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COUNCIL PLANNING INSTRUMENTS – ‘VARIATION TO THE DCP’

With the majority of our projects we are involved with the management of the development application process. We believe ultimately the purpose of the development control guidelines and planning instruments are essentially there to promote good design and planning.

With every project, each site brings their own unique qualities such as views, natural topography and existing constraints. There are times a variation to the design guidelines maybe necessary to achieve a better outcome for both our client and their adjoiining neighbours.

In order to consider variations from the various planning instruments, we think it is important to be transparent and visually demonstrate its impact. For instance, some councils have side building envelope control to manage the bulk and scale of a proposal, a solution that may breech this control yet have a larger setback in certain sections in order to achieve a better outcome for both the client and the adjoining neighbours. A good example is in high density areas with poor orientation often requires a special attention to adjoining windows which may require solar access reviewed on a hourly basis at various times of the year and internal solar access analysis.

A good example is a our Queens Park house which the side setback follows the existing line of the side setback on the northern boundary which does not comply with Waverley Council requirements. However the southern side setback is larger to improve the amenities to the neighbouring property. The end result is a solution that satisfies our clients requirements yet protects the solar access to its neighbours.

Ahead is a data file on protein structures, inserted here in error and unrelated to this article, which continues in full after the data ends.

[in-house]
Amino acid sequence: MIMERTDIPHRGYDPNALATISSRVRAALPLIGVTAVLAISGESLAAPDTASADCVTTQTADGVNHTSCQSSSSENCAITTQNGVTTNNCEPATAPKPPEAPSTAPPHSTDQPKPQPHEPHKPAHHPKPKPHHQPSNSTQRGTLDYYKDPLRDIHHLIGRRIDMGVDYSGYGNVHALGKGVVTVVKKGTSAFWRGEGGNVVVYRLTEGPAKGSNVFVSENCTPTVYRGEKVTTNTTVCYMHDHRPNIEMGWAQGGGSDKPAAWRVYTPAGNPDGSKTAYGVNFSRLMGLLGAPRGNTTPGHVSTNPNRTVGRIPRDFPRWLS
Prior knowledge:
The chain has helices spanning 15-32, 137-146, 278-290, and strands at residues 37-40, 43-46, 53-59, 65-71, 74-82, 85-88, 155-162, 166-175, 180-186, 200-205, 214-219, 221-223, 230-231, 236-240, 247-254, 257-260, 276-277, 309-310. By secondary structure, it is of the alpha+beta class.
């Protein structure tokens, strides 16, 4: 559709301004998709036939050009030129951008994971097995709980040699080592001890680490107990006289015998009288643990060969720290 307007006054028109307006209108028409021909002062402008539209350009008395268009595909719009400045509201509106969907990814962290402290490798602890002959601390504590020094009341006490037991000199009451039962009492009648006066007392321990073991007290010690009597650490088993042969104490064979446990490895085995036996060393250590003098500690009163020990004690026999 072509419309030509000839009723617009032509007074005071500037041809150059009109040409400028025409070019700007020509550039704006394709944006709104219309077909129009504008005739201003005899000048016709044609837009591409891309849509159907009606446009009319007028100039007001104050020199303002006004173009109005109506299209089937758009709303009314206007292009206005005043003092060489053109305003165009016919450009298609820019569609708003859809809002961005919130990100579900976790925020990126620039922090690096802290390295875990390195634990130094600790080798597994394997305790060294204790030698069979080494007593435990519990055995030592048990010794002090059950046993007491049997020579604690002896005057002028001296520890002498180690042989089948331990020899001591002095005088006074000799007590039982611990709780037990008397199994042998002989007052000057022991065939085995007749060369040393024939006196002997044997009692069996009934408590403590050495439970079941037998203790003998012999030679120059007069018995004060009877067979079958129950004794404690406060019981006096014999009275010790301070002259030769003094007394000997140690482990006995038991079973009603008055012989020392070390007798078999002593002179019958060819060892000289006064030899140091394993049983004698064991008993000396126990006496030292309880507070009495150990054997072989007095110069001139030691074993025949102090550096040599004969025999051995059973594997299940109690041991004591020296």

Queens Park House by Architect studioJLA – Waverley Council

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EASTWOOD HOUSE CELEBRATION OF FORM & FUNCTION

We are in the process of finalising the design for our residence in Eastwood. The design is a reflection of a close collaboration between owner and architect to achieve a design that celebrates both it’s form and function.

The angular layout is in response to an easement which dissects the property at approximately 45 degree angle. The design aims to express the layout into the various forms and architectural elements to provide its client with a comfortable yet an inspiring home for the family.

Much like an artwork, time was taken to explore the various ideas to ensure all design elements read in harmony with one another with the expression of the spaces reflected both inside and out.

 

 

 

 

 

 

 

 

Eastwood residence by studioJLA ( Architect )

 

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HENLEY HOUSE A GREAT DAY FOR A PHOTO SHOOT WITH NICOLE ENGLAND

We like to thank Nicole England for taking the time to shoot our residence in Henley. The extension which includes reconfiguration of an kitchen and dining area and the addition of a sun room illustrates minor extensions can transform a space. The extension includes a sun room with a cascading bi-stacking doors to allow the space to be used a both an enclosed or outdoor space. We look forward to seeing Nicole’s photos over the coming weeks.

 

 

 

 

 

Henley Residence by studioJLA ( Architect )

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EPPING HOUSE BRINGS BOTH CHARACTER & STYLE

We are currently working with our client with a heritage listed residence in Epping. The extension centres around a courtyard which has been carefully positioned to receive the northerly aspect which allows for light to maximised within the dwelling. The rear extension transitions over a series of steps following the contours of the land to allow for a seamless connection to it outdoor courtyard providing a higher ceiling space over the living areas.

 

 

 

 

 

Epping House by studioJLA ( Architect )